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It's loungy, jazzy, and only a little bit sad. Louis Armstrong's trumpet sings plaintively, as if it's a voice in a duet with Bessie Smith's raspy beauty. A goofy harmonium gently taps out chords in a church-style dirge behind them both. In four brief strains, "St. Louis Blues" comes and goes as easy as elevator music. It's hardly the hard, heart-breaking stuff we associate with the old-time blues.
And yet, in form and in content, "St. Louis Blues" is definitely blues. It's longer than a traditional blues—the most basic blues are 12-bar progressions, which might be repeated several times. This one is written in 52 total measures, with the first two verses repeating in basic 12-bar form. The third verse is in 16 bars coupled with a subtle shift to a minor key and a tango beat, and the fourth concludes in 12 bars that differ only slightly from the first two. Altogether, the song follows an AABC form, with the tango-like B section serving as a bridge to the somewhat cheery conclusion. It's admittedly an unusual progression for a blues song taken altogether. Within each verse, however, the structure of the blues is present: the first two lines are repeated, followed by a conclusively sad and drifting third line, and the A and C sections also follow the bluesy 12-bar structure starting and ending on the major tonic chord after ambling through a I-IV-V chord progression sprinkled with blues scales. And Smith hits the classic blue notes (the notes in blues where the singer is intentionally flat to create a blue feeling) from the very first line, where "sun" is written as a B flat and sung with a falling sadness Bessie had total mastery over.
It may seem a little eclectic next to the simplicity of 12-bar blues, but the little extravagances of "St. Louis Blues" were part of the appeal. It's a compact, lovely little blues, maybe a little upbeat for purists, but perfect for the jazz-blues crossover and pop/easy listening crowds. W.C. Handy got a little flashy, but the effect ultimately stayed simple: "Handy threw anything he could think of—every aspect of African-American vernacular music—into 'The St. Louis Blues.' As we've seen, it is a genuine blues, using blues form, blues harmony, and blue notes," writes Friedwald (Stardust Melodies: A Biography of Twelve of America's Most Popular Songs, 49).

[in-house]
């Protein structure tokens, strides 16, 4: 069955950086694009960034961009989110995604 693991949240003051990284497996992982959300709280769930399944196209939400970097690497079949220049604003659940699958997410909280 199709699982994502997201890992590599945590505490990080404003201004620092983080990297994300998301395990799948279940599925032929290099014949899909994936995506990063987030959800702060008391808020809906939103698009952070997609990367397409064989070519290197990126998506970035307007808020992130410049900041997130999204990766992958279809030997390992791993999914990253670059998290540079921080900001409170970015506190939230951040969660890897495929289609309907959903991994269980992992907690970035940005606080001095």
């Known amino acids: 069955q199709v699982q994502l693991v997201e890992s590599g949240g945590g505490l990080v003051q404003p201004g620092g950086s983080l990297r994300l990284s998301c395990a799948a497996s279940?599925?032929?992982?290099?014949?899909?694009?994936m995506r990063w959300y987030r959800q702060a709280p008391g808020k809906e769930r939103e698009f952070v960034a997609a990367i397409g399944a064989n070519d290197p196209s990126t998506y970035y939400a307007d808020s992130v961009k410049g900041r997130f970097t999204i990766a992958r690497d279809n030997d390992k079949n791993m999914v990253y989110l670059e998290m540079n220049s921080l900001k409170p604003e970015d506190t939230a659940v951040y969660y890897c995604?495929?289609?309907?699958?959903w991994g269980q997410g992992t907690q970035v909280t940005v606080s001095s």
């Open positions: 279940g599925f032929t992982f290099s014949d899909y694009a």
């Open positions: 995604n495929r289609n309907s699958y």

The only problem, according to Friedwald—and we might have to agree with him here—is in the instrumentation on the Smith and Armstrong collaboration. He writes: "One has to question the decision (presumably by producer Frank Walker) to back this duo with a Martian-sounding, organ-like keyboard known as the harmonium" (66). To be fair, they probably didn't know about Martians back then.
Before the 1910s, blues songs were rarely if ever written down. But when W.C. Handy hit the popular music market with the intention of making the blues into a popular and accessible form, writing things down was a part of his game plan—after all, you can't sell a song you don't copyright. He wrote "St. Louis Blues" with the explicit desire of creating a popular blues song, something that could be sung by blacks and whites alike. His songwriting, then, was an attempt at reconstructing a form he'd mainly heard on the streets and in southern juke joints. Capturing the traditional speech and stereotypical themes of the blues genre was essential. So, he wrote a song about a man leaving a woman, a woman feelin' down, and, well, that's about it.
When you think about it, something about W.C. Handy's appropriation of blues styles seems sort of put-on, doesn't it? This second-hand nature of the songwriting actually raises much larger questions about race, identity, and songwriting.
When Handy first wrote the words to "St. Louis Blues," he wrote the word "I" as "ah" and the word "the" as "de." What's that all about? Here's our answer: "Handy knew he would have to write his own words for 'The St. Louis Blues' to reflect more directly the colloquial speech of black folk music," wrote Friedwald. "He is to be forgiven for the distinctly minstrel-show tone of the lyric, the 'Ah' for 'I,' the 'de' for 'the,' as this was the only way he could get the white singers he wanted to even attempt singing with a black feeling" (Stardust Melodies: A Biography of Twelve of America's Most Popular Songs, 48). But is he to be forgiven? Or was he actually encouraging others to caricature black speech when singing the blues?